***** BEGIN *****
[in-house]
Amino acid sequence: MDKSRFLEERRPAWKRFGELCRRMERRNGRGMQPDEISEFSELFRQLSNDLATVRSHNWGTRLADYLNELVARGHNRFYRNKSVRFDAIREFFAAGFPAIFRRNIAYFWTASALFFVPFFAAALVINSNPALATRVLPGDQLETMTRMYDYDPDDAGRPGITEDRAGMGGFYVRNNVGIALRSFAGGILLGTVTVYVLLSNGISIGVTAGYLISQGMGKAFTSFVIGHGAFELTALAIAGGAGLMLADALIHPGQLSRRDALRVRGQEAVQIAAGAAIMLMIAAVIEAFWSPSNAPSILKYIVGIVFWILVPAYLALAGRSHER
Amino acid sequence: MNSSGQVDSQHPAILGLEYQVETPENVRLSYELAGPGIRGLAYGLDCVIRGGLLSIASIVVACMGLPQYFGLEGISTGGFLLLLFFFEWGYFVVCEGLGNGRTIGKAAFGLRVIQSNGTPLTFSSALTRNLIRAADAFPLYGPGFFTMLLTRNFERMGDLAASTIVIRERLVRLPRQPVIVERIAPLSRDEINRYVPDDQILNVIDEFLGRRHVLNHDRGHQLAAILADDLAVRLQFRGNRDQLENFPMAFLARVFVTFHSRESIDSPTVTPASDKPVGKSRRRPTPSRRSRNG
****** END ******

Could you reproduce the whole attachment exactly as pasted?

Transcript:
[in-house]
Amino acid sequence: MDKSRFLEERRPAWKRFGELCRRMERRNGRGMQPDEISEFSELFRQLSNDLATVRSHNWGTRLADYLNELVARGHNRFYRNKSVRFDAIREFFAAGFPAIFRRNIAYFWTASALFFVPFFAAALVINSNPALATRVLPGDQLETMTRMYDYDPDDAGRPGITEDRAGMGGFYVRNNVGIALRSFAGGILLGTVTVYVLLSNGISIGVTAGYLISQGMGKAFTSFVIGHGAFELTALAIAGGAGLMLADALIHPGQLSRRDALRVRGQEAVQIAAGAAIMLMIAAVIEAFWSPSNAPSILKYIVGIVFWILVPAYLALAGRSHER
Amino acid sequence: MNSSGQVDSQHPAILGLEYQVETPENVRLSYELAGPGIRGLAYGLDCVIRGGLLSIASIVVACMGLPQYFGLEGISTGGFLLLLFFFEWGYFVVCEGLGNGRTIGKAAFGLRVIQSNGTPLTFSSALTRNLIRAADAFPLYGPGFFTMLLTRNFERMGDLAASTIVIRERLVRLPRQPVIVERIAPLSRDEINRYVPDDQILNVIDEFLGRRHVLNHDRGHQLAAILADDLAVRLQFRGNRDQLENFPMAFLARVFVTFHSRESIDSPTVTPASDKPVGKSRRRPTPSRRSRNG